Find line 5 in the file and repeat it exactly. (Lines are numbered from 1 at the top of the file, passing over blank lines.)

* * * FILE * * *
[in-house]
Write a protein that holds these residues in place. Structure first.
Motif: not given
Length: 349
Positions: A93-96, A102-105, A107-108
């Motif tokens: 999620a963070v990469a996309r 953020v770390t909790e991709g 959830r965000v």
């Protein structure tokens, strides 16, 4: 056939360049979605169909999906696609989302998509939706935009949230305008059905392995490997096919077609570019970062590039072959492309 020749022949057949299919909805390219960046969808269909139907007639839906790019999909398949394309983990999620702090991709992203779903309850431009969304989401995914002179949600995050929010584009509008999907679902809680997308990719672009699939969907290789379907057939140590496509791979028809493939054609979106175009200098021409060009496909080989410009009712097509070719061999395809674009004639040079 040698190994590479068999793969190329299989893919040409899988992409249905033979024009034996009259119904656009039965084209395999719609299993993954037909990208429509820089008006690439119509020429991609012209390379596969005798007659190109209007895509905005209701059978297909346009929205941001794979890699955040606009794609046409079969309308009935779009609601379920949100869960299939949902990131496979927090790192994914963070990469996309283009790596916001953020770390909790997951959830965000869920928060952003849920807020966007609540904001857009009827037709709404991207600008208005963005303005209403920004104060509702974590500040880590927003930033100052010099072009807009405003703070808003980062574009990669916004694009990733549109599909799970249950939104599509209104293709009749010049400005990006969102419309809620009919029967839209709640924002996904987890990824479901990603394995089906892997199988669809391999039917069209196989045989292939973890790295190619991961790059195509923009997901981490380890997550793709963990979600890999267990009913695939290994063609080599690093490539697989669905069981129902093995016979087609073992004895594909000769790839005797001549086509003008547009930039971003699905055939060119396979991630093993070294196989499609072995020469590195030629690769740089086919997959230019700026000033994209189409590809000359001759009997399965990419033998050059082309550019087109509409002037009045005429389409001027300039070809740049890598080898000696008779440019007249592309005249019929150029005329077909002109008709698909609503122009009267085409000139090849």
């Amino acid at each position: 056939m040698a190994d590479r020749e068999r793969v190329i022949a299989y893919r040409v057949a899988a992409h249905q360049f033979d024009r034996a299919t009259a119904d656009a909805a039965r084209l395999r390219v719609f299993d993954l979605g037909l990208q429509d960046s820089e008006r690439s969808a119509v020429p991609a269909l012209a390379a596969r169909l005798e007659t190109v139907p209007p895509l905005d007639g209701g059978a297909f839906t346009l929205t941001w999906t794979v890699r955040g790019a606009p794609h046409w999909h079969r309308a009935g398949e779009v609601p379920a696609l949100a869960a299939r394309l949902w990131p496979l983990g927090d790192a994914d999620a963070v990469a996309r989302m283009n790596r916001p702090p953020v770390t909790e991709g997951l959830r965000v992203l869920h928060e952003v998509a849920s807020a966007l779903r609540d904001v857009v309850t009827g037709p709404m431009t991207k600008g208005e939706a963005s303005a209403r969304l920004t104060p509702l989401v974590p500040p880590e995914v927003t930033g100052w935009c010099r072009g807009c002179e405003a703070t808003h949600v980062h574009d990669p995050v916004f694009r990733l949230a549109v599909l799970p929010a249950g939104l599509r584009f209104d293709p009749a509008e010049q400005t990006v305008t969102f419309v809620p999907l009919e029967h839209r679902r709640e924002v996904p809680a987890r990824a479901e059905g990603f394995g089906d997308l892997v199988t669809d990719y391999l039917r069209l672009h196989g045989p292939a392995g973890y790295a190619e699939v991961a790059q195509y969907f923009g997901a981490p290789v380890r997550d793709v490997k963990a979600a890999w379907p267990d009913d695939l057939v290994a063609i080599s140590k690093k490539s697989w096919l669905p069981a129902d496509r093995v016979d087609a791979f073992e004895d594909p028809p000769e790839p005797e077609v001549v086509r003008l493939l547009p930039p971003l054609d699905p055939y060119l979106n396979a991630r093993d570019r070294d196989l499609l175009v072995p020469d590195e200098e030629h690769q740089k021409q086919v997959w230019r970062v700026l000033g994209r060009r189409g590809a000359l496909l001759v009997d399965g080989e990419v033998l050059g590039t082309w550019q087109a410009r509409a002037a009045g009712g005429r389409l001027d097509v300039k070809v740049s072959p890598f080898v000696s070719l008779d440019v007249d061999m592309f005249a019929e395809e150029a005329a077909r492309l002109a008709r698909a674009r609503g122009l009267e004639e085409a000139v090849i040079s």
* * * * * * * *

Positions: A93-96, A102-105, A107-108